photo A Puckett's restaurant is pictured in this file photo.

"What Puckett's does well is market to locals," says Holly Albright, of Sheridan Public Relations in Franklin, Tenn., which counts Puckett's among its clients.

Linda Thomason, a trust officer at First Famers & Merchants bank in Franklin, says her family frequents all the Puckett's locations in Middle Tennessee and she has noticed that it's a popular gathering spot on Sunday's with the after-church crowd.

If Puckett's becomes the go-to restaurant for locals, it will automatically become the top recommendation to tourists visiting the city, Marshall reasons. (Think the Rendezvous in Memphis.)

On top of accolades for the quality of its food, Puckett's has won awards in Franklin as a "top value" restaurant for its reasonable prices and hearty portions. A meat-and-three plate in the Franklin location is $9.99. A full breakfast menu includes such favorites as Bubba's Eggs Benedict (a split biscuit plate with bacon or sausage, two fried eggs and white-pepper gravy.) The dinner menu ranges from Southern Fried Chicken ($12.99) to filet mignon ($24.99).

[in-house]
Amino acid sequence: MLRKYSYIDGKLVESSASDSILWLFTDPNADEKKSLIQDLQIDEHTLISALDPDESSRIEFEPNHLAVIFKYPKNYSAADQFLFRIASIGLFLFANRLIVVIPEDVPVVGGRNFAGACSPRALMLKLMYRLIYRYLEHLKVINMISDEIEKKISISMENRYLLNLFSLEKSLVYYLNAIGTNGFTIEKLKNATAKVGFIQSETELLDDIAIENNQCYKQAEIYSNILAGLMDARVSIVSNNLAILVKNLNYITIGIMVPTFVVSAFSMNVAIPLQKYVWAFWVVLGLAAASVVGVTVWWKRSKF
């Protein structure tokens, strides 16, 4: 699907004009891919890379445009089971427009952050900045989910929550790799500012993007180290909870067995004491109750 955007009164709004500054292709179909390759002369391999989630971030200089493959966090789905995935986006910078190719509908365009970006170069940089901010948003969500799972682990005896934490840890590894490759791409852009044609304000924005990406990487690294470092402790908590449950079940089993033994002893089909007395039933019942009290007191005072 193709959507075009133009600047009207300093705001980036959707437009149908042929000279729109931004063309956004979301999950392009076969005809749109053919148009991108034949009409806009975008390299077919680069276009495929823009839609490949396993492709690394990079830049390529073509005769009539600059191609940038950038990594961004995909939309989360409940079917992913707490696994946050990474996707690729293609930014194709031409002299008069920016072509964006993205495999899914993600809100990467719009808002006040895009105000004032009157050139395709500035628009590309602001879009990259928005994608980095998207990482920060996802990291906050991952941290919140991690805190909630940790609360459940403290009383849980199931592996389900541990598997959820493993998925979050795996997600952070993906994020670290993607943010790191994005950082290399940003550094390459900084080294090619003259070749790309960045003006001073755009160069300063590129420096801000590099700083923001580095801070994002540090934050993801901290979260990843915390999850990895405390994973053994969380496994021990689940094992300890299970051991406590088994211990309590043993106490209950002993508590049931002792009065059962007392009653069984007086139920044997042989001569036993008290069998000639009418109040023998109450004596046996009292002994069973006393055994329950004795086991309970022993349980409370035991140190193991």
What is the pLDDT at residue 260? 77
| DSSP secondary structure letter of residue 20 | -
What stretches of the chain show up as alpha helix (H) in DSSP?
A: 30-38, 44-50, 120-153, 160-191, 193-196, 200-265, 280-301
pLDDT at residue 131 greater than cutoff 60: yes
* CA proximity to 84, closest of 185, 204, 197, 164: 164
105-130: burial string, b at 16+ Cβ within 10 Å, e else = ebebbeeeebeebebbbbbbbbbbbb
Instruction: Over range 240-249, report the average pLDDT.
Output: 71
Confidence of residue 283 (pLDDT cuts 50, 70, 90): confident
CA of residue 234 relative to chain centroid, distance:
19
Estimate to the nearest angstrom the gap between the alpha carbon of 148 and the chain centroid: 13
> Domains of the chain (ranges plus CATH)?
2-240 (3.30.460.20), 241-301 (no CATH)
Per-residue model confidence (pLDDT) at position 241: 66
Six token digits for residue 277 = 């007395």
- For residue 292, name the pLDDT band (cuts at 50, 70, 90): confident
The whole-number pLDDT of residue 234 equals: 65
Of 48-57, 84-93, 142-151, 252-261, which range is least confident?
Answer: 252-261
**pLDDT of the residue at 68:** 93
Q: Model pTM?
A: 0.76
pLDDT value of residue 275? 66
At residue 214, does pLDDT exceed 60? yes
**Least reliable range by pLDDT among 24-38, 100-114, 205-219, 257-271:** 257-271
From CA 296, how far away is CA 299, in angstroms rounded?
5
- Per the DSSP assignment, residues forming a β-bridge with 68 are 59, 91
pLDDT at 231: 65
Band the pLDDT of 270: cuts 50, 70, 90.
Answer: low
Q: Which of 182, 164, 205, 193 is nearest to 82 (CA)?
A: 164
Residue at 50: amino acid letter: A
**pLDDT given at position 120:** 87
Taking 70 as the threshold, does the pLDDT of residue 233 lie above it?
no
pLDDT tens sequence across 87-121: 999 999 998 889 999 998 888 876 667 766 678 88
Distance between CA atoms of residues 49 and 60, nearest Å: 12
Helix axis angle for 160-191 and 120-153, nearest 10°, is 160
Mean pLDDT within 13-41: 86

Branching out from its Middle Tennessee roots is a big step for Puckett's, Marshall says, noting that the company will not rest on its laurels at the 6,300-square-foot Chattanooga store, which will have the biggest footprint in the chain.

"I have peace about this," Marshall says. "It's meant to be. It's such a great fit. But we're not going to rest on our success. We've got to come to Chattanooga and earn it all over again."

This story appeared in Edge magazine. Read Edge magazine online at